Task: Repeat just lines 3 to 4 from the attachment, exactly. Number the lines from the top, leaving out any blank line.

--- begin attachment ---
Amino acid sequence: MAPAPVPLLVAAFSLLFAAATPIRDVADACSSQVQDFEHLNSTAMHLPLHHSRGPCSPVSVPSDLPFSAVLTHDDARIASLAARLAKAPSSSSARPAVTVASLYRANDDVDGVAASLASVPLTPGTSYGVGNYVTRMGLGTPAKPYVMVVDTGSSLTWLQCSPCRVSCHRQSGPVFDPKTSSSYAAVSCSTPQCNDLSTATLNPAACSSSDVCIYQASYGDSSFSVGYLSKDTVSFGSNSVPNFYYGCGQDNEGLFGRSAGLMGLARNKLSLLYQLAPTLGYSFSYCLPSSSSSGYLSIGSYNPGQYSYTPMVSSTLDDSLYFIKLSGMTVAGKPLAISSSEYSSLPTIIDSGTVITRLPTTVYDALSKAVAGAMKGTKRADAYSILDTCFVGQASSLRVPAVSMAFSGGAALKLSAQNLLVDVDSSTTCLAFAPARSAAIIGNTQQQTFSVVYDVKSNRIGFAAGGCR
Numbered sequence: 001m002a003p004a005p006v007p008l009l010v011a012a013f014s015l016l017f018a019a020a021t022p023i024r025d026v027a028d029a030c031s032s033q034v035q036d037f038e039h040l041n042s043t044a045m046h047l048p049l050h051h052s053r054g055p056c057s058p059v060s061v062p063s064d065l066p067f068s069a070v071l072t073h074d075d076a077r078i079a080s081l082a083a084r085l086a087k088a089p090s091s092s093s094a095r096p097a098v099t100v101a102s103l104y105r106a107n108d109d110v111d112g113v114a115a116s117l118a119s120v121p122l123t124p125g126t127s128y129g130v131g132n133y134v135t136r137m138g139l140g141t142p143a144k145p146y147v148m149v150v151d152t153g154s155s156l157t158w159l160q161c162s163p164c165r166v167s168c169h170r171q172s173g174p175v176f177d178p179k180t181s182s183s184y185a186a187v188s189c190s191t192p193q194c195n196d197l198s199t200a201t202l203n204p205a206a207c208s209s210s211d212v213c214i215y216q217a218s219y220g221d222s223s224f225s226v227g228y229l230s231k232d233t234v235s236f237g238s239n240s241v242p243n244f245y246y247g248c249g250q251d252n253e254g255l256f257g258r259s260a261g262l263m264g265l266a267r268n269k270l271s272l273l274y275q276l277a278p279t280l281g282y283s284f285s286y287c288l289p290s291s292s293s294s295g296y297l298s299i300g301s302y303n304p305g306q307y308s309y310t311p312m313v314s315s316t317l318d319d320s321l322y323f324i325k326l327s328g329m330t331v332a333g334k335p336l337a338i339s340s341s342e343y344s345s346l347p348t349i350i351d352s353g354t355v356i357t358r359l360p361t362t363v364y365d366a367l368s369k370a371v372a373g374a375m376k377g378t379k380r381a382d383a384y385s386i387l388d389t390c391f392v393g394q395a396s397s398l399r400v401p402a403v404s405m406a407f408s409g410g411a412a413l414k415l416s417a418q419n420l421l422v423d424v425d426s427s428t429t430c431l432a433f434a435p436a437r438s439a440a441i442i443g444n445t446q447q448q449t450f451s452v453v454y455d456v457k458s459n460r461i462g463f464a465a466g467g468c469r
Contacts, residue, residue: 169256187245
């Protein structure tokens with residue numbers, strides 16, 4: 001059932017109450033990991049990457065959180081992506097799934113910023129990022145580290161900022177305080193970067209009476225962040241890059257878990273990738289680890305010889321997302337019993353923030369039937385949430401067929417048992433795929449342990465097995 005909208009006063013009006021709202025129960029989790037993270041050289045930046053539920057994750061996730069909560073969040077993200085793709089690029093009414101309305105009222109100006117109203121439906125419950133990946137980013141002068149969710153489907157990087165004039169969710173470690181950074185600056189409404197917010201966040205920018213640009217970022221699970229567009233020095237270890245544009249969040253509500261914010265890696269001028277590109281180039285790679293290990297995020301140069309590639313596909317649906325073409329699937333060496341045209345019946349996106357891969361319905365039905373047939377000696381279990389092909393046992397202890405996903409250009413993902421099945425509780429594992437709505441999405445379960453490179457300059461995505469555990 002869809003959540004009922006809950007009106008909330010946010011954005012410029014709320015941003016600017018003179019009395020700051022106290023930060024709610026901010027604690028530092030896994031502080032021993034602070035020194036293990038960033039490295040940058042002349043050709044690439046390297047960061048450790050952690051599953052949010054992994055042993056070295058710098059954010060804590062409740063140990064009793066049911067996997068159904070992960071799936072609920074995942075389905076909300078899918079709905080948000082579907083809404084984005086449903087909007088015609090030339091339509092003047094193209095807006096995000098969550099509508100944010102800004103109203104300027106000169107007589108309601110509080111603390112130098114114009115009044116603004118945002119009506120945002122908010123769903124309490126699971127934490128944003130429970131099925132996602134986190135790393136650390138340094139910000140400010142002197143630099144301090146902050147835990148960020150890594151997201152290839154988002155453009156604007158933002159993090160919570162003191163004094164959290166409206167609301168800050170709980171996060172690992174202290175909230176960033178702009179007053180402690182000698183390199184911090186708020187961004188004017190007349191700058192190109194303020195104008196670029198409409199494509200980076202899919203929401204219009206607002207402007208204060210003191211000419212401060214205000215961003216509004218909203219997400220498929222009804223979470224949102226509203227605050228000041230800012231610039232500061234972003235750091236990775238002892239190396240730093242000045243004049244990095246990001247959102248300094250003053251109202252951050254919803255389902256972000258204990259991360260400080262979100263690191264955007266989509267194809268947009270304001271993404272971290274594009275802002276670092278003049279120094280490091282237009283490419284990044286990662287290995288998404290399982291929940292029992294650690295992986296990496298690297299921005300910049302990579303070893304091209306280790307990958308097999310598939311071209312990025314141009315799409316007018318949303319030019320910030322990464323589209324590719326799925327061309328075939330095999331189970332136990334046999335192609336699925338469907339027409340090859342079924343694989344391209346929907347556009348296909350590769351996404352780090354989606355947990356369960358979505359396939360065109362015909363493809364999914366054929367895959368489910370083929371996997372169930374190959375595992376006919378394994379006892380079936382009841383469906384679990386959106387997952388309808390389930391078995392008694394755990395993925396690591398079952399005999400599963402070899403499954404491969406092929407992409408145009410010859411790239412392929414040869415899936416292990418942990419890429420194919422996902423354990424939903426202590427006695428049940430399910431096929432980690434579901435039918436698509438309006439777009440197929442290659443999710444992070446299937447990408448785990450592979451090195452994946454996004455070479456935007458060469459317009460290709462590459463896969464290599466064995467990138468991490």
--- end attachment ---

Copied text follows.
Contacts, residue, residue: 169256187245
């Protein structure tokens with residue numbers, strides 16, 4: 001059932017109450033990991049990457065959180081992506097799934113910023129990022145580290161900022177305080193970067209009476225962040241890059257878990273990738289680890305010889321997302337019993353923030369039937385949430401067929417048992433795929449342990465097995 005909208009006063013009006021709202025129960029989790037993270041050289045930046053539920057994750061996730069909560073969040077993200085793709089690029093009414101309305105009222109100006117109203121439906125419950133990946137980013141002068149969710153489907157990087165004039169969710173470690181950074185600056189409404197917010201966040205920018213640009217970022221699970229567009233020095237270890245544009249969040253509500261914010265890696269001028277590109281180039285790679293290990297995020301140069309590639313596909317649906325073409329699937333060496341045209345019946349996106357891969361319905365039905373047939377000696381279990389092909393046992397202890405996903409250009413993902421099945425509780429594992437709505441999405445379960453490179457300059461995505469555990 002869809003959540004009922006809950007009106008909330010946010011954005012410029014709320015941003016600017018003179019009395020700051022106290023930060024709610026901010027604690028530092030896994031502080032021993034602070035020194036293990038960033039490295040940058042002349043050709044690439046390297047960061048450790050952690051599953052949010054992994055042993056070295058710098059954010060804590062409740063140990064009793066049911067996997068159904070992960071799936072609920074995942075389905076909300078899918079709905080948000082579907083809404084984005086449903087909007088015609090030339091339509092003047094193209095807006096995000098969550099509508100944010102800004103109203104300027106000169107007589108309601110509080111603390112130098114114009115009044116603004118945002119009506120945002122908010123769903124309490126699971127934490128944003130429970131099925132996602134986190135790393136650390138340094139910000140400010142002197143630099144301090146902050147835990148960020150890594151997201152290839154988002155453009156604007158933002159993090160919570162003191163004094164959290166409206167609301168800050170709980171996060172690992174202290175909230176960033178702009179007053180402690182000698183390199184911090186708020187961004188004017190007349191700058192190109194303020195104008196670029198409409199494509200980076202899919203929401204219009206607002207402007208204060210003191211000419212401060214205000215961003216509004218909203219997400220498929222009804223979470224949102226509203227605050228000041230800012231610039232500061234972003235750091236990775238002892239190396240730093242000045243004049244990095246990001247959102248300094250003053251109202252951050254919803255389902256972000258204990259991360260400080262979100263690191264955007266989509267194809268947009270304001271993404272971290274594009275802002276670092278003049279120094280490091282237009283490419284990044286990662287290995288998404290399982291929940292029992294650690295992986296990496298690297299921005300910049302990579303070893304091209306280790307990958308097999310598939311071209312990025314141009315799409316007018318949303319030019320910030322990464323589209324590719326799925327061309328075939330095999331189970332136990334046999335192609336699925338469907339027409340090859342079924343694989344391209346929907347556009348296909350590769351996404352780090354989606355947990356369960358979505359396939360065109362015909363493809364999914366054929367895959368489910370083929371996997372169930374190959375595992376006919378394994379006892380079936382009841383469906384679990386959106387997952388309808390389930391078995392008694394755990395993925396690591398079952399005999400599963402070899403499954404491969406092929407992409408145009410010859411790239412392929414040869415899936416292990418942990419890429420194919422996902423354990424939903426202590427006695428049940430399910431096929432980690434579901435039918436698509438309006439777009440197929442290659443999710444992070446299937447990408448785990450592979451090195452994946454996004455070479456935007458060469459317009460290709462590459463896969464290599466064995467990138468991490």